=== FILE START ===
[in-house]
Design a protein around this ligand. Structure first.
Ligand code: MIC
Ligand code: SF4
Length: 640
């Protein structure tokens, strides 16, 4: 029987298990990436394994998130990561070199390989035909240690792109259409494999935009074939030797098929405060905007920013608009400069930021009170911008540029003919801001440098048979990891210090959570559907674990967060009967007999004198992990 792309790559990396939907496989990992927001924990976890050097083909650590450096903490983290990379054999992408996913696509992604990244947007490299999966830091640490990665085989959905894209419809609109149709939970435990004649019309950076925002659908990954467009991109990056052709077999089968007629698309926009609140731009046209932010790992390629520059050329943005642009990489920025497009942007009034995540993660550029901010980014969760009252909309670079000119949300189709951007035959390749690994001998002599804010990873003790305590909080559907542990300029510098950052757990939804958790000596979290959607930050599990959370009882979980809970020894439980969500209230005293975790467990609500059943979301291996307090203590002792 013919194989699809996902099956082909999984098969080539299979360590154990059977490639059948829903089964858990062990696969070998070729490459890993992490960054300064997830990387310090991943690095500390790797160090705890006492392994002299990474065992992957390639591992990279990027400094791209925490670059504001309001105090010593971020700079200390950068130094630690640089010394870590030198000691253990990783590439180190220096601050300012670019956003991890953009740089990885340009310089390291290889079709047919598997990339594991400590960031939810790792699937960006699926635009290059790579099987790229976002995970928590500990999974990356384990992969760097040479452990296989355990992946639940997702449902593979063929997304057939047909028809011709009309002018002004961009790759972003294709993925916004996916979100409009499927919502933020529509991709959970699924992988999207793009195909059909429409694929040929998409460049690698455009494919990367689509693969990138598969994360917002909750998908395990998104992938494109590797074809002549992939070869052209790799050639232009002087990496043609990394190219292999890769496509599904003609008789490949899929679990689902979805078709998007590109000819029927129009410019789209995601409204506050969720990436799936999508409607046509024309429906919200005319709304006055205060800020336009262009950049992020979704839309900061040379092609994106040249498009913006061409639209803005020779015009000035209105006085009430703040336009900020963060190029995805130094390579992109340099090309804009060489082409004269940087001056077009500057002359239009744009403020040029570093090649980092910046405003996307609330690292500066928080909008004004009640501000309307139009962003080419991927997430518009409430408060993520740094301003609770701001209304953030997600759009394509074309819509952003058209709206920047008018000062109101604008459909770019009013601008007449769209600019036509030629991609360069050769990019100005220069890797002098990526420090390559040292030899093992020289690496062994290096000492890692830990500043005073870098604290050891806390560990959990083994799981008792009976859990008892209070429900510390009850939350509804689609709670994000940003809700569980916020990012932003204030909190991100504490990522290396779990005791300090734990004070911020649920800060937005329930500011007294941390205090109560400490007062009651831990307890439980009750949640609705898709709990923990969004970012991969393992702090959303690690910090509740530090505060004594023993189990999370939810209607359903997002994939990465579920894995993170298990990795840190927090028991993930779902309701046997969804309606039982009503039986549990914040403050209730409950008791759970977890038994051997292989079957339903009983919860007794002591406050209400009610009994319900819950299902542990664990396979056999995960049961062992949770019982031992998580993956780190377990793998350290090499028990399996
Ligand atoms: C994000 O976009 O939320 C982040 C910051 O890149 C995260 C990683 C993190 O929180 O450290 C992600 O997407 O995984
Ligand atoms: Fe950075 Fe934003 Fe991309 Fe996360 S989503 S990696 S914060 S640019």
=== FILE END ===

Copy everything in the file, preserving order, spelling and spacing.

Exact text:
[in-house]
Design a protein around this ligand. Structure first.
Ligand code: MIC
Ligand code: SF4
Length: 640
């Protein structure tokens, strides 16, 4: 029987298990990436394994998130990561070199390989035909240690792109259409494999935009074939030797098929405060905007920013608009400069930021009170911008540029003919801001440098048979990891210090959570559907674990967060009967007999004198992990 792309790559990396939907496989990992927001924990976890050097083909650590450096903490983290990379054999992408996913696509992604990244947007490299999966830091640490990665085989959905894209419809609109149709939970435990004649019309950076925002659908990954467009991109990056052709077999089968007629698309926009609140731009046209932010790992390629520059050329943005642009990489920025497009942007009034995540993660550029901010980014969760009252909309670079000119949300189709951007035959390749690994001998002599804010990873003790305590909080559907542990300029510098950052757990939804958790000596979290959607930050599990959370009882979980809970020894439980969500209230005293975790467990609500059943979301291996307090203590002792 013919194989699809996902099956082909999984098969080539299979360590154990059977490639059948829903089964858990062990696969070998070729490459890993992490960054300064997830990387310090991943690095500390790797160090705890006492392994002299990474065992992957390639591992990279990027400094791209925490670059504001309001105090010593971020700079200390950068130094630690640089010394870590030198000691253990990783590439180190220096601050300012670019956003991890953009740089990885340009310089390291290889079709047919598997990339594991400590960031939810790792699937960006699926635009290059790579099987790229976002995970928590500990999974990356384990992969760097040479452990296989355990992946639940997702449902593979063929997304057939047909028809011709009309002018002004961009790759972003294709993925916004996916979100409009499927919502933020529509991709959970699924992988999207793009195909059909429409694929040929998409460049690698455009494919990367689509693969990138598969994360917002909750998908395990998104992938494109590797074809002549992939070869052209790799050639232009002087990496043609990394190219292999890769496509599904003609008789490949899929679990689902979805078709998007590109000819029927129009410019789209995601409204506050969720990436799936999508409607046509024309429906919200005319709304006055205060800020336009262009950049992020979704839309900061040379092609994106040249498009913006061409639209803005020779015009000035209105006085009430703040336009900020963060190029995805130094390579992109340099090309804009060489082409004269940087001056077009500057002359239009744009403020040029570093090649980092910046405003996307609330690292500066928080909008004004009640501000309307139009962003080419991927997430518009409430408060993520740094301003609770701001209304953030997600759009394509074309819509952003058209709206920047008018000062109101604008459909770019009013601008007449769209600019036509030629991609360069050769990019100005220069890797002098990526420090390559040292030899093992020289690496062994290096000492890692830990500043005073870098604290050891806390560990959990083994799981008792009976859990008892209070429900510390009850939350509804689609709670994000940003809700569980916020990012932003204030909190991100504490990522290396779990005791300090734990004070911020649920800060937005329930500011007294941390205090109560400490007062009651831990307890439980009750949640609705898709709990923990969004970012991969393992702090959303690690910090509740530090505060004594023993189990999370939810209607359903997002994939990465579920894995993170298990990795840190927090028991993930779902309701046997969804309606039982009503039986549990914040403050209730409950008791759970977890038994051997292989079957339903009983919860007794002591406050209400009610009994319900819950299902542990664990396979056999995960049961062992949770019982031992998580993956780190377990793998350290090499028990399996
Ligand atoms: C994000 O976009 O939320 C982040 C910051 O890149 C995260 C990683 C993190 O929180 O450290 C992600 O997407 O995984
Ligand atoms: Fe950075 Fe934003 Fe991309 Fe996360 S989503 S990696 S914060 S640019």